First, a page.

new header

June 1, 2010

The Admirable Harvey Unga

Harvey Unga had the most prolific career of any running back in the history of BYU football. Sadly, he may end up being remembered most for his recent honor code violation and forfeited senior year. As for me, I hope that he will be remembered for something more.

The fact that he confessed.

The more I think about it, the more impressed I am by Harvey's admission of guilt. Here's my reasoning: I'm pretty certain that Harvey's screw up with his girlfriend wasn't known to the general public before his announcement. This was a private matter. A two person error. He could have easily concealed whatever rule he broke for a few more months to ensure that he kept playing. Who would've found him out? (True, I don't go to BYU, but a source close to the program informs me that there is not a CSI team that seeks out sin among the student body).  He could've gone on as if nothing were wrong and finished his schooling and senior football season. So why confess? Why give himself up? In this era of entitlement, why was Harvey willing to step up (or step down, really) and admit he may not deserve the chance to fulfill his dreams?

Two possibilities:

A) Because he knew he would eventually be found out; or

B) Because he believes in the principle of integrity.

If you're a BYU fan-boy like I am, you're prone to believe he confessed because of reason B. If that is indeed the case, consider how much Harvey sacrificed by admitting to having broken the honor code:

1. Statistical Immortality. Had Harvey played his senior year and rushed for at least 1,000 yards (a virtual lock to have happened), he would have become only the ninth player in college football history to have rushed for 1,000 yards in four straight years. In the last 80 years over 28,000 athletes have suited up at the running back spot and not accomplished that. Harvey would've inscribed his names in the record books with the all-time greats had he returned.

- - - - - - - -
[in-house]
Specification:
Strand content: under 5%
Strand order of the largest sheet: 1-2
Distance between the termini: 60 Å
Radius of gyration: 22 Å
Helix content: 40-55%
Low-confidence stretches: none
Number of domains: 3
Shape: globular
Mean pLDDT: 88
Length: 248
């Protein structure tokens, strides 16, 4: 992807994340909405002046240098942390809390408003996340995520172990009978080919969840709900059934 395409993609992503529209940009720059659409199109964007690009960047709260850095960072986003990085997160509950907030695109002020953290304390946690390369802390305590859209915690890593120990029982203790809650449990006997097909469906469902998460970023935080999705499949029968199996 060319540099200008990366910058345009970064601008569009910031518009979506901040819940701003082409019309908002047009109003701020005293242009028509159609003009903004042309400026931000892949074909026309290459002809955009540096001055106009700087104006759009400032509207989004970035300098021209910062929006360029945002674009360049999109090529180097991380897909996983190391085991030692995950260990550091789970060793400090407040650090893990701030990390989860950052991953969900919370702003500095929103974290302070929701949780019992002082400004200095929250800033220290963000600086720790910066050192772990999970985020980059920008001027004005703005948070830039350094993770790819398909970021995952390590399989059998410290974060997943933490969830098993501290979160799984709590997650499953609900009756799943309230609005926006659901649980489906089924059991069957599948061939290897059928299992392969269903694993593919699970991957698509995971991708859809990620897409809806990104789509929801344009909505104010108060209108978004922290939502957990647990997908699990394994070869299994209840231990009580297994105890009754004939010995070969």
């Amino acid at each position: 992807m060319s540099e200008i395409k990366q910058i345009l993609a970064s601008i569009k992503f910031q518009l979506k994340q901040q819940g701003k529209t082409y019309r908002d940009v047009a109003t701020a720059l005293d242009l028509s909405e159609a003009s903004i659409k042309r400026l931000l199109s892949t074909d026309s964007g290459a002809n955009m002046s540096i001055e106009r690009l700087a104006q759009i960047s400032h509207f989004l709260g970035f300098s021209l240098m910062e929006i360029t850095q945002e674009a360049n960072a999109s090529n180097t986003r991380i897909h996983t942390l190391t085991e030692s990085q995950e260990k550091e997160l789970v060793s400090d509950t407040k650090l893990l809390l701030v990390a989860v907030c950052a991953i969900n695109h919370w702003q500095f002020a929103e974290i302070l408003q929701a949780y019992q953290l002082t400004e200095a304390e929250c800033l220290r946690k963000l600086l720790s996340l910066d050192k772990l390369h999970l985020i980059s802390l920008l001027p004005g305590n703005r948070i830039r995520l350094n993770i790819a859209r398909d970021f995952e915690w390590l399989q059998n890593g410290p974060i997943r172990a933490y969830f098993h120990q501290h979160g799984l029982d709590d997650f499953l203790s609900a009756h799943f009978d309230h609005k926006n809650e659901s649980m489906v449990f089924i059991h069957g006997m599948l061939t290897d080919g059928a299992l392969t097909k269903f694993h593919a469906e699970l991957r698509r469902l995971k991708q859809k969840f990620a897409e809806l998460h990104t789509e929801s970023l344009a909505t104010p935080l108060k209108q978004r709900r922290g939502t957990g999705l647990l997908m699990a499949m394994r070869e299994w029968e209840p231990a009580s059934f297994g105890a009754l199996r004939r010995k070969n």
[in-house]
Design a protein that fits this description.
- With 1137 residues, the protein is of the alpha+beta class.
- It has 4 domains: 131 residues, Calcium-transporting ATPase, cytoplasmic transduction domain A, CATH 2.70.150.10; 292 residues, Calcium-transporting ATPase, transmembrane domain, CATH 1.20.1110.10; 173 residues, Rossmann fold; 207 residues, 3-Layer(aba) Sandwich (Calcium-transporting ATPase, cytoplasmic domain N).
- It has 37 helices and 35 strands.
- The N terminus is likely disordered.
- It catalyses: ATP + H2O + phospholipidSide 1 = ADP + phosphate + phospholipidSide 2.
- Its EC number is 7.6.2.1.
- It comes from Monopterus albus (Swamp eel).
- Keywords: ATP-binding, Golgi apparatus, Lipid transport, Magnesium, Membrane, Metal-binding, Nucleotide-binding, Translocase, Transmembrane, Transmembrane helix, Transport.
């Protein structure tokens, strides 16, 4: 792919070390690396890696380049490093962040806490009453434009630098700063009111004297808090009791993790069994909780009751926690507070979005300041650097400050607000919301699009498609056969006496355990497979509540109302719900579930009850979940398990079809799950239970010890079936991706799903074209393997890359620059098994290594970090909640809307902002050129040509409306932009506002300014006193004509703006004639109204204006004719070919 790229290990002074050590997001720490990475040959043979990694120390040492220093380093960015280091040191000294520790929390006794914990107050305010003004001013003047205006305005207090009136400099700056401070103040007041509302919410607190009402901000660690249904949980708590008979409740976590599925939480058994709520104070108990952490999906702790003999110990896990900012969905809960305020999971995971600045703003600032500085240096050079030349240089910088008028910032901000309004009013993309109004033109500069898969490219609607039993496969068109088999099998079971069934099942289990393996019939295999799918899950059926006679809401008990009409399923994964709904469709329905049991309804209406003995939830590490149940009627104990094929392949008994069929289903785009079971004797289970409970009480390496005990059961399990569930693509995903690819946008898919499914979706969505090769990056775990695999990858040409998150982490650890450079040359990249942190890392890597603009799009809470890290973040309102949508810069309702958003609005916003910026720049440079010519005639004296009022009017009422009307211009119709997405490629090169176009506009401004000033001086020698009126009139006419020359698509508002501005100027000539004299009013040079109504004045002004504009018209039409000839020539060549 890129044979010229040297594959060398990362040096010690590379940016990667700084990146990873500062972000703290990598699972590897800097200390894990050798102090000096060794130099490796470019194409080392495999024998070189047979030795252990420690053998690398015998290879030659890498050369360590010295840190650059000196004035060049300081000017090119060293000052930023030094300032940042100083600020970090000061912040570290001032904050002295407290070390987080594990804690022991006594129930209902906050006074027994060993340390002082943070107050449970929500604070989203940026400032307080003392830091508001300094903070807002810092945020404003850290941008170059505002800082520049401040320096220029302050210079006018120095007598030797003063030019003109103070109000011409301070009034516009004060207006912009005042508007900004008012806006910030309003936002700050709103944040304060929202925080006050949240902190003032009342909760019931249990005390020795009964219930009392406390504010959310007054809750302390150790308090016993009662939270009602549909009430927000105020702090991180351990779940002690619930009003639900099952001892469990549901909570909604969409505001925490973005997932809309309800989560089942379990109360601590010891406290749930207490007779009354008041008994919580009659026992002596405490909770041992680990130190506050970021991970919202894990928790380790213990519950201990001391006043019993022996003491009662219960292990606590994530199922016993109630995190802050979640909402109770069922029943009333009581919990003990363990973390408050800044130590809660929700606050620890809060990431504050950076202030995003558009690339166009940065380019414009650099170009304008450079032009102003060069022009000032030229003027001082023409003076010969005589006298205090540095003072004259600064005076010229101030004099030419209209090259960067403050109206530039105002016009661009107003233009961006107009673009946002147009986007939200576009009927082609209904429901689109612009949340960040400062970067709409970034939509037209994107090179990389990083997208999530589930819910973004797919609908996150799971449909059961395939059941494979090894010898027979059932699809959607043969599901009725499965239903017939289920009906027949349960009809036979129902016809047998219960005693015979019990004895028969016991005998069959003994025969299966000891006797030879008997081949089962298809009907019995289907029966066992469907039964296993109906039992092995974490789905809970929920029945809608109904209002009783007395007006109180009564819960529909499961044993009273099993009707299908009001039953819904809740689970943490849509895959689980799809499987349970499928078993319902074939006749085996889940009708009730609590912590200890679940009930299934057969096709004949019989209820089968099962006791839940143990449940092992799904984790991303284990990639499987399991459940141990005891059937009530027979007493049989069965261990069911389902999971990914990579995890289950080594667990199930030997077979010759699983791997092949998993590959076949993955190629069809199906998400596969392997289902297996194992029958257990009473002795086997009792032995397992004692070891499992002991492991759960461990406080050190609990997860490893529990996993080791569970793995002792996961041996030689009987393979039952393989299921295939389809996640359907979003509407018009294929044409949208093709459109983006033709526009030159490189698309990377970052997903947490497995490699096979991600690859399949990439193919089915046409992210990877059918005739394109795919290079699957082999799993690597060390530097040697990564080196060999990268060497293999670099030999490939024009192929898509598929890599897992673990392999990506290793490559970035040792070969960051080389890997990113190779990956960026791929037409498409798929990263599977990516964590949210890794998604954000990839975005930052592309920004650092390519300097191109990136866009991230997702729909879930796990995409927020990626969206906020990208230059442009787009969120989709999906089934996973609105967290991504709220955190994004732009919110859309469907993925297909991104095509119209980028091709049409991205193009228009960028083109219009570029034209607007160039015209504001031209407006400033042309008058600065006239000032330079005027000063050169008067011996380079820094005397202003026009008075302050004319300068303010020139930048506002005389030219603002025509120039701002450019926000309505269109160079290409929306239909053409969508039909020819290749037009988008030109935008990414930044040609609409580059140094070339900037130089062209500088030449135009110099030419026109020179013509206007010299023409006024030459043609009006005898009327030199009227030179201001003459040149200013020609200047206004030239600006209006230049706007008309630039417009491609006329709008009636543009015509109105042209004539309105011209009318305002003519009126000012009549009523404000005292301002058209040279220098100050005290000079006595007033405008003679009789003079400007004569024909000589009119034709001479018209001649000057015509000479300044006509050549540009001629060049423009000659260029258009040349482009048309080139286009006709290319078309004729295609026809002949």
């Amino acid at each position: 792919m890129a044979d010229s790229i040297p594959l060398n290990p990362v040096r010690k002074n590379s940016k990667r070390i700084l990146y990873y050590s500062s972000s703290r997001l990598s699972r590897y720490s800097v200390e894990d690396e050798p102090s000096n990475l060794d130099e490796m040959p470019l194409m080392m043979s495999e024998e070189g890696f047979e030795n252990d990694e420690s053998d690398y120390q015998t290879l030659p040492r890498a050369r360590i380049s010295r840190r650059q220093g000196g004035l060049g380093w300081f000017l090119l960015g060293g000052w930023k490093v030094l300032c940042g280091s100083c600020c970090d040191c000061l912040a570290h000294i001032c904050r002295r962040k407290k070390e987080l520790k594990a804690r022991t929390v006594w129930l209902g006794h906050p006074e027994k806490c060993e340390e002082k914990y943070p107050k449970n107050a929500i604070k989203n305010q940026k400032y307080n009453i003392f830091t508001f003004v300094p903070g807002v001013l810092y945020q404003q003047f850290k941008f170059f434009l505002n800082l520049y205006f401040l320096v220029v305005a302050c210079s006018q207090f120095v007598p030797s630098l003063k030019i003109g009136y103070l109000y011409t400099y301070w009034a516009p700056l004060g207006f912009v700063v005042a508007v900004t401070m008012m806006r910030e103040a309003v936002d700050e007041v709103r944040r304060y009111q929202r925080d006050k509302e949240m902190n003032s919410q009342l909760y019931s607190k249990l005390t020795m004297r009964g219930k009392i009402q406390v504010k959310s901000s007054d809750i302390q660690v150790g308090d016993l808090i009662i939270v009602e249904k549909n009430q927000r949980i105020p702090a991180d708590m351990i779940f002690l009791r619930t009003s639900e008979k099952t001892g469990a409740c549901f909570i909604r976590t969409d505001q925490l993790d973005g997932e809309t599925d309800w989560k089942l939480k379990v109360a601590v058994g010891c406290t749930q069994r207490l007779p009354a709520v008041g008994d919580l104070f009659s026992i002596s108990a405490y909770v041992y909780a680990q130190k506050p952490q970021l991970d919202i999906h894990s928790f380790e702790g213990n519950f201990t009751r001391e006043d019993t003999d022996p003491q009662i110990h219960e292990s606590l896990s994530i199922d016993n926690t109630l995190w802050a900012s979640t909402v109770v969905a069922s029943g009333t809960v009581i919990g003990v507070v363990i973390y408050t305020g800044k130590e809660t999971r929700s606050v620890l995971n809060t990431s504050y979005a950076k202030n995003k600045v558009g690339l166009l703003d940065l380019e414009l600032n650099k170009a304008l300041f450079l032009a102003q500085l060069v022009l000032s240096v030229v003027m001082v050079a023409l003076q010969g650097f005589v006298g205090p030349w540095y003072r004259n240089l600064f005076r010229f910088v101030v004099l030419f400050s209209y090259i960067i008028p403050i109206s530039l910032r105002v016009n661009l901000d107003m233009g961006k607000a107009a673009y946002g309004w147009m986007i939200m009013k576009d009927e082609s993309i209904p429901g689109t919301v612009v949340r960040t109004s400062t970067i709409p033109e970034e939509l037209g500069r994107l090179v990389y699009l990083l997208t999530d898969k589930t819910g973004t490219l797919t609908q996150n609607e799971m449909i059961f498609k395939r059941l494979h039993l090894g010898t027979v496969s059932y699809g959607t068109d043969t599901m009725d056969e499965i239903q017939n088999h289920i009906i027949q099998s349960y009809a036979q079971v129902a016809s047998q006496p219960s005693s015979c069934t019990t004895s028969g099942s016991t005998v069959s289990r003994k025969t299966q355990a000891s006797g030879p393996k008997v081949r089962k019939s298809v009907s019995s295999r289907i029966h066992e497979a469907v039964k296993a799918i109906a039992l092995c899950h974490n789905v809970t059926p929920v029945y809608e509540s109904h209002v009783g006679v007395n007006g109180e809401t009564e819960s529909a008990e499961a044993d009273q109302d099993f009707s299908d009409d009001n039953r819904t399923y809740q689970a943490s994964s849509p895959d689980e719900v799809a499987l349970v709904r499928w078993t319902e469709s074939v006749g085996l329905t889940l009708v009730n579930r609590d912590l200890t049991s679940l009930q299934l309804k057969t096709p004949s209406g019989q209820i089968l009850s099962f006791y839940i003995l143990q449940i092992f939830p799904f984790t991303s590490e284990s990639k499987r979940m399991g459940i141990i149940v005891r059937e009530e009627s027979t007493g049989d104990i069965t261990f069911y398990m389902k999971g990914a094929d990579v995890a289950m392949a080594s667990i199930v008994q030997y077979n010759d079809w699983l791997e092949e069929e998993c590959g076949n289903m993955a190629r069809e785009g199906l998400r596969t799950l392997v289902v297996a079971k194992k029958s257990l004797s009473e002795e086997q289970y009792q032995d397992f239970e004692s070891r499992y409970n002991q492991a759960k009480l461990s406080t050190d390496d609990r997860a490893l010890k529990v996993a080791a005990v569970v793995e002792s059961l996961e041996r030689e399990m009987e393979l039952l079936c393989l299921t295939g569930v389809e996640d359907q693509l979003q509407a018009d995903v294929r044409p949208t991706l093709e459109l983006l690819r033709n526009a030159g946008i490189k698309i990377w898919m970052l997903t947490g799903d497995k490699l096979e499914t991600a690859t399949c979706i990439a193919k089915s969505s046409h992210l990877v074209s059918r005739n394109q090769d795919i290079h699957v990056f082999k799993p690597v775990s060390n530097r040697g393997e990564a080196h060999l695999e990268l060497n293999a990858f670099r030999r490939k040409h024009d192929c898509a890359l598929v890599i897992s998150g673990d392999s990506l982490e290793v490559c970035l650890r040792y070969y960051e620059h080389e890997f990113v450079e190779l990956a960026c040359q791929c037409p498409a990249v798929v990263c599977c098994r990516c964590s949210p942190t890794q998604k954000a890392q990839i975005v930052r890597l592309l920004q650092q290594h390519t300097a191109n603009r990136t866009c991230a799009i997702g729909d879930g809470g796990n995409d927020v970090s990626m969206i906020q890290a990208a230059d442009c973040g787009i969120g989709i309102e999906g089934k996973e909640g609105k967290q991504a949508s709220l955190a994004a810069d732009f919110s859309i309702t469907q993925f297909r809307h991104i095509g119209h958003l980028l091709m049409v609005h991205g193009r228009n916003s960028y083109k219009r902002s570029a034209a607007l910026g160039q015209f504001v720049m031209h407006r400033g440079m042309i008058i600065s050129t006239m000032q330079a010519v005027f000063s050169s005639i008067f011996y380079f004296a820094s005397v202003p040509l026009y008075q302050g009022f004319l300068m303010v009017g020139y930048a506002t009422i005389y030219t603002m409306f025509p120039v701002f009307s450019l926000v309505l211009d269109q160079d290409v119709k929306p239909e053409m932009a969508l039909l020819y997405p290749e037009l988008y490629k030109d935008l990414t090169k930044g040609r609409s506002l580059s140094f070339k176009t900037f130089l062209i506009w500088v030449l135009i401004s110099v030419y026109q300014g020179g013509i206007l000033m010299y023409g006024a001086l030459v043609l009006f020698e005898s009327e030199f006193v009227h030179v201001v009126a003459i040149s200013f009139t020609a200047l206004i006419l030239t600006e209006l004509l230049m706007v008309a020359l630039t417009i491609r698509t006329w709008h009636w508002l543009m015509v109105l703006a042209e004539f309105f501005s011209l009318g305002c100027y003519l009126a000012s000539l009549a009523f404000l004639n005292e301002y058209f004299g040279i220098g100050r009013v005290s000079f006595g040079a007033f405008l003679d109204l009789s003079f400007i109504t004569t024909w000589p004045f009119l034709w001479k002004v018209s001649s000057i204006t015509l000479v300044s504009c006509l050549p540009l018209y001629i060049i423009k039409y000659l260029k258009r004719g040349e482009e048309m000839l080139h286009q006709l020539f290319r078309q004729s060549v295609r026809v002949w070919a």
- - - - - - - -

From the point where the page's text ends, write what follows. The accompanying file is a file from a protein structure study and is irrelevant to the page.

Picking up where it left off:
Among the many reasons the red-headed lover loved Harvey so much was this: a Ute destroyer, Harvey ran for 373 yards and 4 TD's in his three games vs. the U.

2. Future Career. By losing his senior year at BYU, Harvey gave up an additional year of TV exposure which could have improved his chances of being selected in the NFL draft. Now Unga's football future depends on being selected in the league's supplemental draft (a draft so irrelevant, it's completed via email). Historically one player per year is picked up in the supplemental draft. What this means for Unga is he's a) less likely to make it to an NFL team; and b) guaranteed to get less money.

3. His reputation. I don't know about you, but the last time I confessed a sin USA Today didn't run an article about it. And it wasn't debated on sports radio for a week. And it didn't evoke hundreds of comments on the state newspapers. Just sayin'. 

4. The dream. Harvey could have entered the real NFL draft last spring, but decided for some reason to come back to BYU for his final year. Yet whatever dreams he had in store for the year 2010 died when he admitted to breaking the honor code with his girlfriend.

Why not just lie? Why give it all up? Is honesty really worth the price of reputation, dreams, and hundreds of thousands of dollars?

For Harvey, apparently it was.


I will remember Harvey for his crushing hits. For his his dominance against Utah. For his romp through the record books. But his example of integrity may be what I remember most of all.


  1. Ironically I found out today that Steve Young, the most successful NFL player to come out of BYU, was selected in the supplemental draft (though his scenario was much different than the one being discussed). Still, guess you never know.

  2. Well put, Hansen. There is an article written by a CBS Sportswriter that touches on this same topic, however, I, a BYU fan-boy, am prone to liking your blog more.